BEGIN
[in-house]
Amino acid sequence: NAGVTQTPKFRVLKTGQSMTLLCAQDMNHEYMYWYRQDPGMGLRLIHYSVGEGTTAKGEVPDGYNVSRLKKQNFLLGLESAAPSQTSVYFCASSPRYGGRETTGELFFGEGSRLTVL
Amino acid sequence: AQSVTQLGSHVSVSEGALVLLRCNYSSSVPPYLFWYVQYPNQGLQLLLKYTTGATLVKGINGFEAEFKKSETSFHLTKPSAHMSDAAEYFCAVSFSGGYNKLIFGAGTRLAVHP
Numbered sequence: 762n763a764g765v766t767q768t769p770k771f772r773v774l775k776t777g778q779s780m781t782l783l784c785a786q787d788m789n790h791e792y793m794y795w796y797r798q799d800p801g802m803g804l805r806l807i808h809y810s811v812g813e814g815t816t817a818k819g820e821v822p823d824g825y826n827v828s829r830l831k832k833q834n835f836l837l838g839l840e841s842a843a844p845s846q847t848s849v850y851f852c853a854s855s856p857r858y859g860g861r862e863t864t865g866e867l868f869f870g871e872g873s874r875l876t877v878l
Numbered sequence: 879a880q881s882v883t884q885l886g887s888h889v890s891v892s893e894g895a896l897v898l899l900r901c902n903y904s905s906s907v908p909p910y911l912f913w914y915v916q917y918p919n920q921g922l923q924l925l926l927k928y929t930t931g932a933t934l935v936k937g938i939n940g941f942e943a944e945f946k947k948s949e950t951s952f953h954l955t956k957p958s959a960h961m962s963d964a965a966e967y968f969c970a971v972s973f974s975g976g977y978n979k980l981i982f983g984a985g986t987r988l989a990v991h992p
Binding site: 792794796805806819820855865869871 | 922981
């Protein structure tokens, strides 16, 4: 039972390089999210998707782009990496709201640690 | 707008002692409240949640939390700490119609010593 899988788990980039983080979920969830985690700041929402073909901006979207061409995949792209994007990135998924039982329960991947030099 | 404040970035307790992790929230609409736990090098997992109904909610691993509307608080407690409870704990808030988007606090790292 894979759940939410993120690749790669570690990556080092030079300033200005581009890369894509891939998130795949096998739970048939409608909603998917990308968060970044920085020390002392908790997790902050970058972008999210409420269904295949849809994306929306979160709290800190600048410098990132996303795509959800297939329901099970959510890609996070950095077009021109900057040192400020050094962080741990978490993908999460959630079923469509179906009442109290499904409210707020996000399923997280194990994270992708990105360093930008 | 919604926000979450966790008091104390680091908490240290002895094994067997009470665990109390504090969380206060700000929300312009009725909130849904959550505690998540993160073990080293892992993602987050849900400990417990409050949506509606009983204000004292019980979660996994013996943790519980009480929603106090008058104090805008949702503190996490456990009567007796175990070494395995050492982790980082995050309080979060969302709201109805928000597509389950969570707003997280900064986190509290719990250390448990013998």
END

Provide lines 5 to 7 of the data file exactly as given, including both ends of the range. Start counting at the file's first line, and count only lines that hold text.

Numbered sequence: 879a880q881s882v883t884q885l886g887s888h889v890s891v892s893e894g895a896l897v898l899l900r901c902n903y904s905s906s907v908p909p910y911l912f913w914y915v916q917y918p919n920q921g922l923q924l925l926l927k928y929t930t931g932a933t934l935v936k937g938i939n940g941f942e943a944e945f946k947k948s949e950t951s952f953h954l955t956k957p958s959a960h961m962s963d964a965a966e967y968f969c970a971v972s973f974s975g976g977y978n979k980l981i982f983g984a985g986t987r988l989a990v991h992p
Binding site: 792794796805806819820855865869871 | 922981
């Protein structure tokens, strides 16, 4: 039972390089999210998707782009990496709201640690 | 707008002692409240949640939390700490119609010593 899988788990980039983080979920969830985690700041929402073909901006979207061409995949792209994007990135998924039982329960991947030099 | 404040970035307790992790929230609409736990090098997992109904909610691993509307608080407690409870704990808030988007606090790292 894979759940939410993120690749790669570690990556080092030079300033200005581009890369894509891939998130795949096998739970048939409608909603998917990308968060970044920085020390002392908790997790902050970058972008999210409420269904295949849809994306929306979160709290800190600048410098990132996303795509959800297939329901099970959510890609996070950095077009021109900057040192400020050094962080741990978490993908999460959630079923469509179906009442109290499904409210707020996000399923997280194990994270992708990105360093930008 | 919604926000979450966790008091104390680091908490240290002895094994067997009470665990109390504090969380206060700000929300312009009725909130849904959550505690998540993160073990080293892992993602987050849900400990417990409050949506509606009983204000004292019980979660996994013996943790519980009480929603106090008058104090805008949702503190996490456990009567007796175990070494395995050492982790980082995050309080979060969302709201109805928000597509389950969570707003997280900064986190509290719990250390448990013998």